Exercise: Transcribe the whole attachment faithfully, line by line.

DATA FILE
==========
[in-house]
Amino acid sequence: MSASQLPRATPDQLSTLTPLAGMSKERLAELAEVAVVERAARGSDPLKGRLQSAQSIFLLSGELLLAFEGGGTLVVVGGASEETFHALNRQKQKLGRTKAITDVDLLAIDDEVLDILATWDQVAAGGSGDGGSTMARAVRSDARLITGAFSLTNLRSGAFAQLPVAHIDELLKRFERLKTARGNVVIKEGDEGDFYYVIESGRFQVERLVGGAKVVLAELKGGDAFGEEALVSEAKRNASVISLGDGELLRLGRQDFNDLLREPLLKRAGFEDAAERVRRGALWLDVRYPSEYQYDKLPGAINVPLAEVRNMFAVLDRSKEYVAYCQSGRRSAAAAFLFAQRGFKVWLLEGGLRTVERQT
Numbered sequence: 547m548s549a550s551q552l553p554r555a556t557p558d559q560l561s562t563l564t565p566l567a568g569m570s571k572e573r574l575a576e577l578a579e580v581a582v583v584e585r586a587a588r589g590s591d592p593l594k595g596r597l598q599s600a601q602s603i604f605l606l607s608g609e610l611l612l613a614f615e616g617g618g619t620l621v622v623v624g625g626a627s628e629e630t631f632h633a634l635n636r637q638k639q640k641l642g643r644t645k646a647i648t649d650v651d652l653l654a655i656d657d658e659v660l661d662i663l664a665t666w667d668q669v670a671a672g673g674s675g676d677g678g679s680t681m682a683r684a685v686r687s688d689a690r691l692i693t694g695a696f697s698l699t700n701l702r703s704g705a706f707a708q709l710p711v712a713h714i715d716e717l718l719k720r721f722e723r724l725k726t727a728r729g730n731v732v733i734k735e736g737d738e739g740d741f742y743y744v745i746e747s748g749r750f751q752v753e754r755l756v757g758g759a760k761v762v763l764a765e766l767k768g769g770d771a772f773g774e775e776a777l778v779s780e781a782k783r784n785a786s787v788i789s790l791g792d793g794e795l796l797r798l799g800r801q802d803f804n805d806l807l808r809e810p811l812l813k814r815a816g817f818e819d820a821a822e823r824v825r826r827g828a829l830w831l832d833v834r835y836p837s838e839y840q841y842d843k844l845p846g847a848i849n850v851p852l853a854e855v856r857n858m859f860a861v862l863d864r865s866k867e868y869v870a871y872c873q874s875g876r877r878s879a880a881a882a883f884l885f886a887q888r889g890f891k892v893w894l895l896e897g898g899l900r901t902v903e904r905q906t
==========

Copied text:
[in-house]
Amino acid sequence: MSASQLPRATPDQLSTLTPLAGMSKERLAELAEVAVVERAARGSDPLKGRLQSAQSIFLLSGELLLAFEGGGTLVVVGGASEETFHALNRQKQKLGRTKAITDVDLLAIDDEVLDILATWDQVAAGGSGDGGSTMARAVRSDARLITGAFSLTNLRSGAFAQLPVAHIDELLKRFERLKTARGNVVIKEGDEGDFYYVIESGRFQVERLVGGAKVVLAELKGGDAFGEEALVSEAKRNASVISLGDGELLRLGRQDFNDLLREPLLKRAGFEDAAERVRRGALWLDVRYPSEYQYDKLPGAINVPLAEVRNMFAVLDRSKEYVAYCQSGRRSAAAAFLFAQRGFKVWLLEGGLRTVERQT
Numbered sequence: 547m548s549a550s551q552l553p554r555a556t557p558d559q560l561s562t563l564t565p566l567a568g569m570s571k572e573r574l575a576e577l578a579e580v581a582v583v584e585r586a587a588r589g590s591d592p593l594k595g596r597l598q599s600a601q602s603i604f605l606l607s608g609e610l611l612l613a614f615e616g617g618g619t620l621v622v623v624g625g626a627s628e629e630t631f632h633a634l635n636r637q638k639q640k641l642g643r644t645k646a647i648t649d650v651d652l653l654a655i656d657d658e659v660l661d662i663l664a665t666w667d668q669v670a671a672g673g674s675g676d677g678g679s680t681m682a683r684a685v686r687s688d689a690r691l692i693t694g695a696f697s698l699t700n701l702r703s704g705a706f707a708q709l710p711v712a713h714i715d716e717l718l719k720r721f722e723r724l725k726t727a728r729g730n731v732v733i734k735e736g737d738e739g740d741f742y743y744v745i746e747s748g749r750f751q752v753e754r755l756v757g758g759a760k761v762v763l764a765e766l767k768g769g770d771a772f773g774e775e776a777l778v779s780e781a782k783r784n785a786s787v788i789s790l791g792d793g794e795l796l797r798l799g800r801q802d803f804n805d806l807l808r809e810p811l812l813k814r815a816g817f818e819d820a821a822e823r824v825r826r827g828a829l830w831l832d833v834r835y836p837s838e839y840q841y842d843k844l845p846g847a848i849n850v851p852l853a854e855v856r857n858m859f860a861v862l863d864r865s866k867e868y869v870a871y872c873q874s875g876r877r878s879a880a881a882a883f884l885f886a887q888r889g890f891k892v893w894l895l896e897g898g899l900r901t902v903e904r905q906t